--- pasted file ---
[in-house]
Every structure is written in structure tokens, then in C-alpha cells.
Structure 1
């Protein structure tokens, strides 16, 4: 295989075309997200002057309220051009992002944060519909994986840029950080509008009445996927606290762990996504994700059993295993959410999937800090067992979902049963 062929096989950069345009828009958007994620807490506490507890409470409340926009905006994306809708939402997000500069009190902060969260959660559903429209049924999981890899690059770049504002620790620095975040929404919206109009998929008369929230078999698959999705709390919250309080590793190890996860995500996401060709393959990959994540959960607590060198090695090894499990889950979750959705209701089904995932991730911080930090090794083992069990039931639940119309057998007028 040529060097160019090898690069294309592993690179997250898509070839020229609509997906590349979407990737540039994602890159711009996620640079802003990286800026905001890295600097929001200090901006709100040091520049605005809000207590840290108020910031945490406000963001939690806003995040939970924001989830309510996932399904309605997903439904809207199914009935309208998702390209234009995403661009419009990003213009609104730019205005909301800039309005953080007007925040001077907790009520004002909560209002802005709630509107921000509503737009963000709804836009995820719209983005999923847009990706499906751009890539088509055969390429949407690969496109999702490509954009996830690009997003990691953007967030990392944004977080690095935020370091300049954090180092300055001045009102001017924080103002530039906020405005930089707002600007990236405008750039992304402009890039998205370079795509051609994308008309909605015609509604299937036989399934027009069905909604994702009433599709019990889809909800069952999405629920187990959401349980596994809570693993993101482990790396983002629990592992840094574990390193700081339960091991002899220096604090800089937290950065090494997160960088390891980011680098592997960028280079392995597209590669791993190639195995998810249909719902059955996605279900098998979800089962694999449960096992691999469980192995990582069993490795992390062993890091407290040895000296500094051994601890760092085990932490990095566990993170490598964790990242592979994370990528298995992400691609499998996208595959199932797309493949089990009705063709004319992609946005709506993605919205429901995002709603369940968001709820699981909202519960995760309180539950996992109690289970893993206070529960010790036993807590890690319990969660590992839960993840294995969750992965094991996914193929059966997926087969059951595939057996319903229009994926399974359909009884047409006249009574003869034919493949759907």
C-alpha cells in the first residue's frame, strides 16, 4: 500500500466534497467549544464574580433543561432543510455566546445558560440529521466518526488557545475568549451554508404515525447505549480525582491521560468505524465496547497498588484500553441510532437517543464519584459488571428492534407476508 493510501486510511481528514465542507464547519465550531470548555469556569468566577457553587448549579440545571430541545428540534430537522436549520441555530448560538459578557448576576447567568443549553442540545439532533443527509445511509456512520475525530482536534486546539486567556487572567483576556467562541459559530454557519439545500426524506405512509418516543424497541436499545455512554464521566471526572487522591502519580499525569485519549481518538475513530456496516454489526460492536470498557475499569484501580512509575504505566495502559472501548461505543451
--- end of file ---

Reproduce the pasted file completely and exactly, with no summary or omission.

[in-house]
Every structure is written in structure tokens, then in C-alpha cells.
Structure 1
């Protein structure tokens, strides 16, 4: 295989075309997200002057309220051009992002944060519909994986840029950080509008009445996927606290762990996504994700059993295993959410999937800090067992979902049963 062929096989950069345009828009958007994620807490506490507890409470409340926009905006994306809708939402997000500069009190902060969260959660559903429209049924999981890899690059770049504002620790620095975040929404919206109009998929008369929230078999698959999705709390919250309080590793190890996860995500996401060709393959990959994540959960607590060198090695090894499990889950979750959705209701089904995932991730911080930090090794083992069990039931639940119309057998007028 040529060097160019090898690069294309592993690179997250898509070839020229609509997906590349979407990737540039994602890159711009996620640079802003990286800026905001890295600097929001200090901006709100040091520049605005809000207590840290108020910031945490406000963001939690806003995040939970924001989830309510996932399904309605997903439904809207199914009935309208998702390209234009995403661009419009990003213009609104730019205005909301800039309005953080007007925040001077907790009520004002909560209002802005709630509107921000509503737009963000709804836009995820719209983005999923847009990706499906751009890539088509055969390429949407690969496109999702490509954009996830690009997003990691953007967030990392944004977080690095935020370091300049954090180092300055001045009102001017924080103002530039906020405005930089707002600007990236405008750039992304402009890039998205370079795509051609994308008309909605015609509604299937036989399934027009069905909604994702009433599709019990889809909800069952999405629920187990959401349980596994809570693993993101482990790396983002629990592992840094574990390193700081339960091991002899220096604090800089937290950065090494997160960088390891980011680098592997960028280079392995597209590669791993190639195995998810249909719902059955996605279900098998979800089962694999449960096992691999469980192995990582069993490795992390062993890091407290040895000296500094051994601890760092085990932490990095566990993170490598964790990242592979994370990528298995992400691609499998996208595959199932797309493949089990009705063709004319992609946005709506993605919205429901995002709603369940968001709820699981909202519960995760309180539950996992109690289970893993206070529960010790036993807590890690319990969660590992839960993840294995969750992965094991996914193929059966997926087969059951595939057996319903229009994926399974359909009884047409006249009574003869034919493949759907």
C-alpha cells in the first residue's frame, strides 16, 4: 500500500466534497467549544464574580433543561432543510455566546445558560440529521466518526488557545475568549451554508404515525447505549480525582491521560468505524465496547497498588484500553441510532437517543464519584459488571428492534407476508 493510501486510511481528514465542507464547519465550531470548555469556569468566577457553587448549579440545571430541545428540534430537522436549520441555530448560538459578557448576576447567568443549553442540545439532533443527509445511509456512520475525530482536534486546539486567556487572567483576556467562541459559530454557519439545500426524506405512509418516543424497541436499545455512554464521566471526572487522591502519580499525569485519549481518538475513530456496516454489526460492536470498557475499569484501580512509575504505566495502559472501548461505543451